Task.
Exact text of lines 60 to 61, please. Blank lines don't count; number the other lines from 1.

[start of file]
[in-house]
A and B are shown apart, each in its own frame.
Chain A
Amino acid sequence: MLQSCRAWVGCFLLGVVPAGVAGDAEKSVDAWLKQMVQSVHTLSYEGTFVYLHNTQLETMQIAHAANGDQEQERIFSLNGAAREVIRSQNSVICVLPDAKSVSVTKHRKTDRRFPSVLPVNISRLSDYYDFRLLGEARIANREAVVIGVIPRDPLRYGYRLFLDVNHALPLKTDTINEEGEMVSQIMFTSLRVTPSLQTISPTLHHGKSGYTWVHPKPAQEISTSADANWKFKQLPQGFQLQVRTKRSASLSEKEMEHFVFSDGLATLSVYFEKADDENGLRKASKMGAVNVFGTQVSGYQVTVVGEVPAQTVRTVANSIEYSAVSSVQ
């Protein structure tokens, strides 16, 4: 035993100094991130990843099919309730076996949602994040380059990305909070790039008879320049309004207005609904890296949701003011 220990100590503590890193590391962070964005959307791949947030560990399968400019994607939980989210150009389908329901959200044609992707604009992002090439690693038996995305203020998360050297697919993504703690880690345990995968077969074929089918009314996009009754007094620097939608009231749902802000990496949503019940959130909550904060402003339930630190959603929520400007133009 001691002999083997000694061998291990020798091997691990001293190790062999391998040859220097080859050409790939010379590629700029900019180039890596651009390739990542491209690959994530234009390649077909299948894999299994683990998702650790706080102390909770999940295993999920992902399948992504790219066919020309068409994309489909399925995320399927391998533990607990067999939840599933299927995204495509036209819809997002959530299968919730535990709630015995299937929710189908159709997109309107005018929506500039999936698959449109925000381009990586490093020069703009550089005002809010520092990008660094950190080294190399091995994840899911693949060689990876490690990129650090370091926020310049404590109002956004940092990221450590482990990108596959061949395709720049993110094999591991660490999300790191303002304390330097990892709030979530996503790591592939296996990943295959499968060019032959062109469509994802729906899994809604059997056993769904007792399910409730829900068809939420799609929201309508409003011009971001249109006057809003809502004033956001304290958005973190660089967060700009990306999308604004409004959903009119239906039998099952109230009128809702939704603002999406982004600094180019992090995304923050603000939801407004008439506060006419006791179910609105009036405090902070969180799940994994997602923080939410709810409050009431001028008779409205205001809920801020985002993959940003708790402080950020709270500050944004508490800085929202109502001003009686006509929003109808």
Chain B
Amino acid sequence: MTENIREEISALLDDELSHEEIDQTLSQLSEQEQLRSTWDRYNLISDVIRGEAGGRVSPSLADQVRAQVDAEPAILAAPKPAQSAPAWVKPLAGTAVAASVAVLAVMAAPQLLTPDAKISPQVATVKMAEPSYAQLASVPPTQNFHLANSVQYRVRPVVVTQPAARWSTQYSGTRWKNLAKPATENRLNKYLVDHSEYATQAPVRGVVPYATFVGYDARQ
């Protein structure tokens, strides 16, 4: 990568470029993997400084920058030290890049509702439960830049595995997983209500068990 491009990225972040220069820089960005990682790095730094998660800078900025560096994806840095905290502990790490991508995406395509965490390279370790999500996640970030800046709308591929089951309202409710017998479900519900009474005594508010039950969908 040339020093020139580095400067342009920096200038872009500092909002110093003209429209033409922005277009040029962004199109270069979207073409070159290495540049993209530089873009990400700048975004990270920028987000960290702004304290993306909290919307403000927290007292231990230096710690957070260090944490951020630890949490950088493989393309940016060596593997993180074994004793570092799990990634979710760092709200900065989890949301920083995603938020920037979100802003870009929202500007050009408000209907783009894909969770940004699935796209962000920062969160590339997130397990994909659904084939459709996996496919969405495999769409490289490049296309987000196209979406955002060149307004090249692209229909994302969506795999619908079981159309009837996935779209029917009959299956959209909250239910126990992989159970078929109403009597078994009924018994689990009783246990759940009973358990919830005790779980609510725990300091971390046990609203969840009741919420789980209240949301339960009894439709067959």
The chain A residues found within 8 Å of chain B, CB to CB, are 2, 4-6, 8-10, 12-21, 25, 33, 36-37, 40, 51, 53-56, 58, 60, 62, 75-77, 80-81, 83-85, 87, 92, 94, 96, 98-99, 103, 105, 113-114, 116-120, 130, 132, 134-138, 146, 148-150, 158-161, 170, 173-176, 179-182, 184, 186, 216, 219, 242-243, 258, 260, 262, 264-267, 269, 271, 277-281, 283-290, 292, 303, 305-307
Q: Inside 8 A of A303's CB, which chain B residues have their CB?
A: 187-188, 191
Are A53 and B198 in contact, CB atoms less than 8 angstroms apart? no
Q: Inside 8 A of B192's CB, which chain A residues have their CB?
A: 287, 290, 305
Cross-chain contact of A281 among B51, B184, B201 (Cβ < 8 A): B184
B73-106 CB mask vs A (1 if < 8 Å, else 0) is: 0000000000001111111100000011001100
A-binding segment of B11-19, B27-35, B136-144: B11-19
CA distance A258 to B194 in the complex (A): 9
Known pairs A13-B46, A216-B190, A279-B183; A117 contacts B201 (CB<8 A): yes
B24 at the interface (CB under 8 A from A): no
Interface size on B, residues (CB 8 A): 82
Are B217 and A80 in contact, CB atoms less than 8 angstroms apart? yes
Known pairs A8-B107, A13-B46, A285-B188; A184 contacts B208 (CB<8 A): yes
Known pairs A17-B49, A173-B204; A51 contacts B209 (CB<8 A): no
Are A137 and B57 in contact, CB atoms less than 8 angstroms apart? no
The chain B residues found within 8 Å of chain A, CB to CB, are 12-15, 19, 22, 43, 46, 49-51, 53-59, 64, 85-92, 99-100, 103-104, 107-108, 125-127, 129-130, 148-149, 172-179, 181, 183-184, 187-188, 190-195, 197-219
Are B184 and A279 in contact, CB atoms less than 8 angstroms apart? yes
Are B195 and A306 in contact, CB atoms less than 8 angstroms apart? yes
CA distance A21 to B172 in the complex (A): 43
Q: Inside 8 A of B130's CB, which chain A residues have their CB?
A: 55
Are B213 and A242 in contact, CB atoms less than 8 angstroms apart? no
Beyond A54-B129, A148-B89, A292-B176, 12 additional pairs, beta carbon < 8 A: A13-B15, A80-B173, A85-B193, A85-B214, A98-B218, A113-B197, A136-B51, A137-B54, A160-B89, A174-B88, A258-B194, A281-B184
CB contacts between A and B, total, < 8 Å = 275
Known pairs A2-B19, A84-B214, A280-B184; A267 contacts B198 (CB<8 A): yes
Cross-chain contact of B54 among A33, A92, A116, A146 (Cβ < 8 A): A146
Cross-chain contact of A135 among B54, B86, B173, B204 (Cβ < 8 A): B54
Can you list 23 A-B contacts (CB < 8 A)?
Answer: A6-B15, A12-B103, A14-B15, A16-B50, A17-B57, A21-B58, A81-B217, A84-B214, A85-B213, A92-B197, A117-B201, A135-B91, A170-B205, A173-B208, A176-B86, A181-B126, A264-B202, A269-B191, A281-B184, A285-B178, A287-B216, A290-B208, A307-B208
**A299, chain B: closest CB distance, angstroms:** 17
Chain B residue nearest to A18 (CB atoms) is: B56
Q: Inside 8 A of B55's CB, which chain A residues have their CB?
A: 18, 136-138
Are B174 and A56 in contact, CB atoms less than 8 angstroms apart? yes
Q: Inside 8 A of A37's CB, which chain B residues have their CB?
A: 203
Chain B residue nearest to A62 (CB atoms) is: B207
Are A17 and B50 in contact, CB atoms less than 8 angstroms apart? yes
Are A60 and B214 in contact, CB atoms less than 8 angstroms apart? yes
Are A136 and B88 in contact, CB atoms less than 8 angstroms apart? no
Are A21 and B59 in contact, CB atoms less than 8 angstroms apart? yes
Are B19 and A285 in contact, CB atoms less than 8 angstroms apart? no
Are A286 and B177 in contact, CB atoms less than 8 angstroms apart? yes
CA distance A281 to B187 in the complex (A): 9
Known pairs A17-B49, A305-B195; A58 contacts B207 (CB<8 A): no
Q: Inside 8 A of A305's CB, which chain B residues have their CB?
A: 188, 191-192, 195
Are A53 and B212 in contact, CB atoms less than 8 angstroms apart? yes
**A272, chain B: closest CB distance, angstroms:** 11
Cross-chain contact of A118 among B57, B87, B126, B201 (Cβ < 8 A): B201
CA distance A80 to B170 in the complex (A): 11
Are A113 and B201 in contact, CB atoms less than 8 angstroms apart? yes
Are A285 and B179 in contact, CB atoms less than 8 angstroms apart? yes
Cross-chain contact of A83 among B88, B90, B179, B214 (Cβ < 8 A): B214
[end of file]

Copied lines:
Cross-chain contact of A118 among B57, B87, B126, B201 (Cβ < 8 A): B201
CA distance A80 to B170 in the complex (A): 11